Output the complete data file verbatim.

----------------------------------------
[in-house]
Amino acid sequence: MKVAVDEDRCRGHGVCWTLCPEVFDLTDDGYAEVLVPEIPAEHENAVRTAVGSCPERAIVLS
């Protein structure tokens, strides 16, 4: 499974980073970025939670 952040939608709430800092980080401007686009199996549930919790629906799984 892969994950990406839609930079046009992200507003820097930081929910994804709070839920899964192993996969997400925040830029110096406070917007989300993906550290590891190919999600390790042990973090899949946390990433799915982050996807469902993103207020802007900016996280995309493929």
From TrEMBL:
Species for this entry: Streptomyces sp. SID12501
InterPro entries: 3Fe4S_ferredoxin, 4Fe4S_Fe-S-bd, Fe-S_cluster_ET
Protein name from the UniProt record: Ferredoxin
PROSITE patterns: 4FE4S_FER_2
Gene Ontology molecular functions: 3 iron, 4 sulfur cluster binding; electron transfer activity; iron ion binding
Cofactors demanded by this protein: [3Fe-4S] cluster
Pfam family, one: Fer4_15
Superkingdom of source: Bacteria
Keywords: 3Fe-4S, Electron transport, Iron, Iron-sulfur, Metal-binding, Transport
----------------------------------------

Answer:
[in-house]
Amino acid sequence: MKVAVDEDRCRGHGVCWTLCPEVFDLTDDGYAEVLVPEIPAEHENAVRTAVGSCPERAIVLS
């Protein structure tokens, strides 16, 4: 499974980073970025939670 952040939608709430800092980080401007686009199996549930919790629906799984 892969994950990406839609930079046009992200507003820097930081929910994804709070839920899964192993996969997400925040830029110096406070917007989300993906550290590891190919999600390790042990973090899949946390990433799915982050996807469902993103207020802007900016996280995309493929």
From TrEMBL:
Species for this entry: Streptomyces sp. SID12501
InterPro entries: 3Fe4S_ferredoxin, 4Fe4S_Fe-S-bd, Fe-S_cluster_ET
Protein name from the UniProt record: Ferredoxin
PROSITE patterns: 4FE4S_FER_2
Gene Ontology molecular functions: 3 iron, 4 sulfur cluster binding; electron transfer activity; iron ion binding
Cofactors demanded by this protein: [3Fe-4S] cluster
Pfam family, one: Fer4_15
Superkingdom of source: Bacteria
Keywords: 3Fe-4S, Electron transport, Iron, Iron-sulfur, Metal-binding, Transport